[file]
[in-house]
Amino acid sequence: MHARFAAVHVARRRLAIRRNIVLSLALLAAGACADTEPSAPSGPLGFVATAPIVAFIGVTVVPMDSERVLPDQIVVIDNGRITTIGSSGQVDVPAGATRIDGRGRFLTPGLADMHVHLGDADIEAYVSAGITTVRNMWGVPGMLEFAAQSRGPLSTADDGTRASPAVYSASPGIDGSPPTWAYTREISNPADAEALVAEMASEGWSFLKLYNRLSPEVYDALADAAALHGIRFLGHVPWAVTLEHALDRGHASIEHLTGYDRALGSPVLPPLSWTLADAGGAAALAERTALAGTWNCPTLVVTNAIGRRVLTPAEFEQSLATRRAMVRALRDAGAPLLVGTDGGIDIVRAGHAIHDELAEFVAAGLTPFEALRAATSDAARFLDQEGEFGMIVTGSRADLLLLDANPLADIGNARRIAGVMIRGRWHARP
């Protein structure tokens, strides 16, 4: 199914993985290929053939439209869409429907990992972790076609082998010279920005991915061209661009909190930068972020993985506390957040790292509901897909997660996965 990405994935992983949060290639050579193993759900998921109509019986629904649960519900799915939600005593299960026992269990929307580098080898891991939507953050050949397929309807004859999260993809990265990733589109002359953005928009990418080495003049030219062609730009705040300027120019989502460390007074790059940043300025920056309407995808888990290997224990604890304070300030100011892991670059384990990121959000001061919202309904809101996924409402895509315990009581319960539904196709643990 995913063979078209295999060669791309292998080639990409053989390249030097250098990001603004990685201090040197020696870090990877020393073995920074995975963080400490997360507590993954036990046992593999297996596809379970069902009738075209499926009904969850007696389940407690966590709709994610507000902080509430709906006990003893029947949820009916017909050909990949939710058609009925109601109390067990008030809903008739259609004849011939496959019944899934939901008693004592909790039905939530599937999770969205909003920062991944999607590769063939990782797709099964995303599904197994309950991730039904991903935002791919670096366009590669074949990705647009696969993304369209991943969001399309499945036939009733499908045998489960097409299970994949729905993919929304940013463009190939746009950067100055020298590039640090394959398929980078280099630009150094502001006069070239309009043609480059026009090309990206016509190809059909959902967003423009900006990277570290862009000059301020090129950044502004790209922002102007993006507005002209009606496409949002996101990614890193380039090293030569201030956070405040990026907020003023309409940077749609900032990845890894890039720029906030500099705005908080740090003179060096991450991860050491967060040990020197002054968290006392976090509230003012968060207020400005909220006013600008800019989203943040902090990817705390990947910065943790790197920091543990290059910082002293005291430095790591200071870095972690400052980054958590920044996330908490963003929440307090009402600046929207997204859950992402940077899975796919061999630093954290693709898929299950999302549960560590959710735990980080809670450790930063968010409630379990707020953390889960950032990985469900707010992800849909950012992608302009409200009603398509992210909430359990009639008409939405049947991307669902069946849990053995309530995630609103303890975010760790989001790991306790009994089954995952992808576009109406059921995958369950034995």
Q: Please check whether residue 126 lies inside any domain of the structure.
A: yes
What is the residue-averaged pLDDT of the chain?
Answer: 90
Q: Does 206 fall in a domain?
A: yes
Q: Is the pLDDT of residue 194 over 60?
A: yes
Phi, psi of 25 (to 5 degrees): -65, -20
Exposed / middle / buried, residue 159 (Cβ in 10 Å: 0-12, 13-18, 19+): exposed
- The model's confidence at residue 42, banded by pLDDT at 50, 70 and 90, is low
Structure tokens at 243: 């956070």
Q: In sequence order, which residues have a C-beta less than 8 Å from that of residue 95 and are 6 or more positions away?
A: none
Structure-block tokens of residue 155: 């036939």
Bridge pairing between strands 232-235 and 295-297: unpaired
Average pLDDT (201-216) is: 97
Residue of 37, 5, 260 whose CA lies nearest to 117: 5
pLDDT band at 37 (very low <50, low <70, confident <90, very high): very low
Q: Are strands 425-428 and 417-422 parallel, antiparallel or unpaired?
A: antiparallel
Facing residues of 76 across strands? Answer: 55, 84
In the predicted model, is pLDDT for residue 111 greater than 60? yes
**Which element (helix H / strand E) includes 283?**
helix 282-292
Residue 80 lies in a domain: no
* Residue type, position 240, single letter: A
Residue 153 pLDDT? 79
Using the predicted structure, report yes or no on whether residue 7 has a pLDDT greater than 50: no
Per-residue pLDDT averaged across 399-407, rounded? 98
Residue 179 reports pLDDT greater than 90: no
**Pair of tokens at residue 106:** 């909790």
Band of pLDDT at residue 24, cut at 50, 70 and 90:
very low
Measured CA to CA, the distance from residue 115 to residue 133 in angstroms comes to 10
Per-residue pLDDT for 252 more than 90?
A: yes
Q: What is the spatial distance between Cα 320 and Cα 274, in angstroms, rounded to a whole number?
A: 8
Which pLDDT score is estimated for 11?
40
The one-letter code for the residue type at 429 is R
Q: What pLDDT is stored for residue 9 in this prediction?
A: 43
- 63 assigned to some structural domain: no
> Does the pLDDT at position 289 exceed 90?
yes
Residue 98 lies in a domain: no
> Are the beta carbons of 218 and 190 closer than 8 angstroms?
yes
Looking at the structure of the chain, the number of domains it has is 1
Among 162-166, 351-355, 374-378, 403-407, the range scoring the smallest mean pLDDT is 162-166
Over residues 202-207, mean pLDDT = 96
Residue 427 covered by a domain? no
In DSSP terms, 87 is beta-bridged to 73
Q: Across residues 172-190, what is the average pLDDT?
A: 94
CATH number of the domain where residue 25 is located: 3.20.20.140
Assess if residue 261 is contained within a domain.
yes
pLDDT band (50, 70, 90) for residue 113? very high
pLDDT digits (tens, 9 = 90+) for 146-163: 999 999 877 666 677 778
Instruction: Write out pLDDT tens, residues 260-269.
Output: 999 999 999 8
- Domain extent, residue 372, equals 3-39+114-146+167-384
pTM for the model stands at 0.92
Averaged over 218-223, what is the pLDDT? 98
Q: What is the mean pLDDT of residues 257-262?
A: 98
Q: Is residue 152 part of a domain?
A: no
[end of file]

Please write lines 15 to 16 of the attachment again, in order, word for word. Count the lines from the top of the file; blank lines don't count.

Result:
Structure tokens at 243: 């956070």
Q: In sequence order, which residues have a C-beta less than 8 Å from that of residue 95 and are 6 or more positions away?